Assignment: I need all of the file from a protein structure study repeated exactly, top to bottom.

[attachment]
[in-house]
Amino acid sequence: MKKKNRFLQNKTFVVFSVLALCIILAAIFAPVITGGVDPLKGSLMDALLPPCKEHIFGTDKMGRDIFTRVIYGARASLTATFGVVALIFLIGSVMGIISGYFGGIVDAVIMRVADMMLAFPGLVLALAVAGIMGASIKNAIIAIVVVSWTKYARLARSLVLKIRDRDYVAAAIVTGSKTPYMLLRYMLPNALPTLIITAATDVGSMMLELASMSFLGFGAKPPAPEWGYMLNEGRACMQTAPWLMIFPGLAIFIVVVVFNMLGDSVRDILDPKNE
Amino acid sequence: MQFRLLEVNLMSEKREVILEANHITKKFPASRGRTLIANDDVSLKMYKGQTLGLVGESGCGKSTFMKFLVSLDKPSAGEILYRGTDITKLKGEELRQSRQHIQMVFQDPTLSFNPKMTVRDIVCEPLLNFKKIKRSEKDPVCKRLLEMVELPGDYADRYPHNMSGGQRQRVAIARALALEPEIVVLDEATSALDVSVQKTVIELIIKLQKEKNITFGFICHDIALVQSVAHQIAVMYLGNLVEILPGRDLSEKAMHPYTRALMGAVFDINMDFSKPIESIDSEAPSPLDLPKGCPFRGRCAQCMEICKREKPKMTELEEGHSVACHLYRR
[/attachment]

[in-house]
Amino acid sequence: MKKKNRFLQNKTFVVFSVLALCIILAAIFAPVITGGVDPLKGSLMDALLPPCKEHIFGTDKMGRDIFTRVIYGARASLTATFGVVALIFLIGSVMGIISGYFGGIVDAVIMRVADMMLAFPGLVLALAVAGIMGASIKNAIIAIVVVSWTKYARLARSLVLKIRDRDYVAAAIVTGSKTPYMLLRYMLPNALPTLIITAATDVGSMMLELASMSFLGFGAKPPAPEWGYMLNEGRACMQTAPWLMIFPGLAIFIVVVVFNMLGDSVRDILDPKNE
Amino acid sequence: MQFRLLEVNLMSEKREVILEANHITKKFPASRGRTLIANDDVSLKMYKGQTLGLVGESGCGKSTFMKFLVSLDKPSAGEILYRGTDITKLKGEELRQSRQHIQMVFQDPTLSFNPKMTVRDIVCEPLLNFKKIKRSEKDPVCKRLLEMVELPGDYADRYPHNMSGGQRQRVAIARALALEPEIVVLDEATSALDVSVQKTVIELIIKLQKEKNITFGFICHDIALVQSVAHQIAVMYLGNLVEILPGRDLSEKAMHPYTRALMGAVFDINMDFSKPIESIDSEAPSPLDLPKGCPFRGRCAQCMEICKREKPKMTELEEGHSVACHLYRR